14-year-old Insha Malik, of Shopian, was brought to hospital with 100 pellets lodged mostly in her face. She's lost vision permanently in both her eyes and is at the moment battling for her life.
At least 100 people have been operated at just one leading hospital in Srinagar - SMHS, alone so far. 30 out of them have been blinded for life.
Have pellet guns been used before?
Yes, pellet guns have been used before in the valley to horrible results. These guns were first introduced in the valley during the 2008 Amarnath land row. However their use was very limited. The first time they were used extensively was during 2010 agitation in the valley. Even bigger sized pellets - 4-5 - were used in the valley at that time in which around 120 lives were lost.
Has any study into their harmful effects been conducted?
Four days ago when the Home Minister was expressing concern over the use of these weapons, in the Parliament, he briefly spoke about a "study conducted by one Mannan Bukhari" and said it was among the material that was being looked into.
The study that Singh glossed over seems to be the only serious work done to analyse the effects of pellet guns.
Manan Bukhari is the head of legal cell of Mirwaiz-led Hurriyat faction. He published a book length report on the effects of pellets used in 2010 agitation, in September last year. In his book 'Scars of Pellet Gun', he claimed that pellet guns had caused death of at least 10 people, caused around injuries to 1500 people, 70 percent of which had suffered damage to their eyes.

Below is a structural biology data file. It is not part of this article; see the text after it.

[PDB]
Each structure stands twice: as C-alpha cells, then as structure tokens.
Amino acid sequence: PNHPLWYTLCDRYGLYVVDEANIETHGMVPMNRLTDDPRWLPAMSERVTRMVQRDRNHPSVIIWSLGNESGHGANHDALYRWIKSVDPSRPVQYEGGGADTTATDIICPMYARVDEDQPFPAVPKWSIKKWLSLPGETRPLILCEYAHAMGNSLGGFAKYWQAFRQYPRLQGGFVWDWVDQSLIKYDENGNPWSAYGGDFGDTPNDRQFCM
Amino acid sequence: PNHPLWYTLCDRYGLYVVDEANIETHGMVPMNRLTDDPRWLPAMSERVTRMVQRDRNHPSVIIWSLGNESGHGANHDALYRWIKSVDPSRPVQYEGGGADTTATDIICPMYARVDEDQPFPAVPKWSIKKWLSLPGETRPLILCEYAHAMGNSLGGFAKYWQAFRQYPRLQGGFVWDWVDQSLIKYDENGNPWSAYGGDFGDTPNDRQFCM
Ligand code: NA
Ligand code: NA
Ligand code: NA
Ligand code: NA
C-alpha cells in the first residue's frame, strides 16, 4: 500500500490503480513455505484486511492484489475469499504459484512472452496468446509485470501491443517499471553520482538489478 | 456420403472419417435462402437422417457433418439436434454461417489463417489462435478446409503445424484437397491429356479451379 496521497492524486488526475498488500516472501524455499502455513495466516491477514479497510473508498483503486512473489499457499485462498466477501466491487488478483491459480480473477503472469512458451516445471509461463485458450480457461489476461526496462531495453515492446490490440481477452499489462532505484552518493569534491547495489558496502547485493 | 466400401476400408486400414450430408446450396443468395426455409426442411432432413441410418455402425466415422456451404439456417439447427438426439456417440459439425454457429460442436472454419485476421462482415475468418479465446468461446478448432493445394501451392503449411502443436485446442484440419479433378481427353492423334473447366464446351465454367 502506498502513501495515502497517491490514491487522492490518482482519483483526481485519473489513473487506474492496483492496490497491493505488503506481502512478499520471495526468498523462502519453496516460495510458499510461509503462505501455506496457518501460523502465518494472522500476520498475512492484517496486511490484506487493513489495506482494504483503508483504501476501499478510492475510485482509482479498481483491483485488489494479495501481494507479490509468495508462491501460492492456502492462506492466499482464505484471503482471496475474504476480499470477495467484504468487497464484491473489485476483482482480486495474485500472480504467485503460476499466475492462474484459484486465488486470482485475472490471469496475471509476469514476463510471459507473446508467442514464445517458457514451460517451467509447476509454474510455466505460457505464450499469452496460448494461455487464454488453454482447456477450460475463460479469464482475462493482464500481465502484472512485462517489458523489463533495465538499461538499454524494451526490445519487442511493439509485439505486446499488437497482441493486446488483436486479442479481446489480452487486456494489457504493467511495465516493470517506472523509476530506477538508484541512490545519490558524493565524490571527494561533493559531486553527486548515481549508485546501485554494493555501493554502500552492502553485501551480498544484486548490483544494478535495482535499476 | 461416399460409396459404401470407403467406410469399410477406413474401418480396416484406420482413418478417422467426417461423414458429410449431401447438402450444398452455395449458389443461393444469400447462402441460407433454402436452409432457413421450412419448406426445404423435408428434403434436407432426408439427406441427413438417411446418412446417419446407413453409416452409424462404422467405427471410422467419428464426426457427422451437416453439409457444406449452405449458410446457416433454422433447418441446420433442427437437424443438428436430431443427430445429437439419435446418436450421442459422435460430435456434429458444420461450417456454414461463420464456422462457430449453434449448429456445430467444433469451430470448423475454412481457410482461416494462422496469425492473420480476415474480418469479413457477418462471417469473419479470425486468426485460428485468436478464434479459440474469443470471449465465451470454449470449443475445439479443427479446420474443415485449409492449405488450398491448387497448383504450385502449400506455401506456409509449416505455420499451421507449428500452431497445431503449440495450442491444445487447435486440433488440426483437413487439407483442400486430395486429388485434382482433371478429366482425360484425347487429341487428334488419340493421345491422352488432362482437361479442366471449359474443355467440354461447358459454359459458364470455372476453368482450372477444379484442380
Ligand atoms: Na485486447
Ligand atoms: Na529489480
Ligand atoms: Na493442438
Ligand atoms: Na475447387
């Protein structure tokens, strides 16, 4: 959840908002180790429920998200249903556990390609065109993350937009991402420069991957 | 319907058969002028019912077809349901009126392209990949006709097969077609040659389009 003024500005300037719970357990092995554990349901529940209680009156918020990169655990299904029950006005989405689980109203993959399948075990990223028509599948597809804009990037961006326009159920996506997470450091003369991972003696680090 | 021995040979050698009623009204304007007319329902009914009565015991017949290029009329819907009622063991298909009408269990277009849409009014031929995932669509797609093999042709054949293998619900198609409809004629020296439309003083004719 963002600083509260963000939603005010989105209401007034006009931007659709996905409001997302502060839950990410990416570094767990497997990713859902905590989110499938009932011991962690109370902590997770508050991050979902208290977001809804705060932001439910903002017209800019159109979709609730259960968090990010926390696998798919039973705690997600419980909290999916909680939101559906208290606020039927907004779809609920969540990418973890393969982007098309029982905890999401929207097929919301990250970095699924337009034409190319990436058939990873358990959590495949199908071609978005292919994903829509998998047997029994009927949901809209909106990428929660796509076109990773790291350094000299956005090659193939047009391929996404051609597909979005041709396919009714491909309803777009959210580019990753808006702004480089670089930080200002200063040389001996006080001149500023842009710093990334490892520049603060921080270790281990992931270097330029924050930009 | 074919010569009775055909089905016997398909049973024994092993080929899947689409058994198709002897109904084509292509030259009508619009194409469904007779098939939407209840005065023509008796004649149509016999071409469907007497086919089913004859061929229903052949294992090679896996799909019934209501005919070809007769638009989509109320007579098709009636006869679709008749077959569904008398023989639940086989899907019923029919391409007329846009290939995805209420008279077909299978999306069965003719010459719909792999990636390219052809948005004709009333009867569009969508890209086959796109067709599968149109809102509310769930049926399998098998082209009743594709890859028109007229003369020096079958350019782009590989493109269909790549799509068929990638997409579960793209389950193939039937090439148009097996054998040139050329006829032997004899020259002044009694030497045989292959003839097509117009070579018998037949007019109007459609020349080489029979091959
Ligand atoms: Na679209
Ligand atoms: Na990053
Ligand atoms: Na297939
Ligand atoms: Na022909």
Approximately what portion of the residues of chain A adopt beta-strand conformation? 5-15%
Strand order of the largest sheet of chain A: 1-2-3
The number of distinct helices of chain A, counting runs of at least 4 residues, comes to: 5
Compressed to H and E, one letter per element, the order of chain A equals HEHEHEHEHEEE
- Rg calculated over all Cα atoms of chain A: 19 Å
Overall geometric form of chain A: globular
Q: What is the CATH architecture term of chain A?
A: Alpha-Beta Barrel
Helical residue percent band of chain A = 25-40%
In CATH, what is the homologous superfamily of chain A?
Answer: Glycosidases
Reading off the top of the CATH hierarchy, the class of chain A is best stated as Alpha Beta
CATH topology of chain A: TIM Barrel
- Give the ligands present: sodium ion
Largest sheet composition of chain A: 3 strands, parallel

The 283-page book was released publically and was covered widely in local and national press. Mehbooba Mufti-led state government and Narendra Modi-led centre, cannot claim to be ignorant about the lethal effects of pellet guns.
So apart from the guns, what other means of controlling crowds does the state have?
The other options are tear gas, water cannon and pepper spray. As far as tear gas is concerned, this option is fraught with danger also because the projectile can shot from the gun can also hit somebody and cause them serious damage. It happened in the case of a 14-year-old boy - Tufail Mattoo - who got hit on the head with a tear gas canister and died on the spot. It was this episode caused thousands of people to come out on roads during 2010.
Pepper spray can also prove to be dangerous. According to a leading doctor in the valley Rumana Makhdoomi, who recently wrote a piece about lethal and non-lethal weapons being used in the valley, pepper spray is known to 'precipitate respiratory problems, asthmatic attacks in vulnerable patients, dermatological problems, sleep disturbances or in extreme cases cause death.'
Though water cannon is a good crowd control tool, its use is limited because of its limited accessibility in a lot of areas.
The doctor in her piece concluded that 'none of the methods used at present in Kashmir for mob control are non-lethal.' And the one way forward to find an effective non-lethal crowd control tool could be found in consultation with health experts in the valley.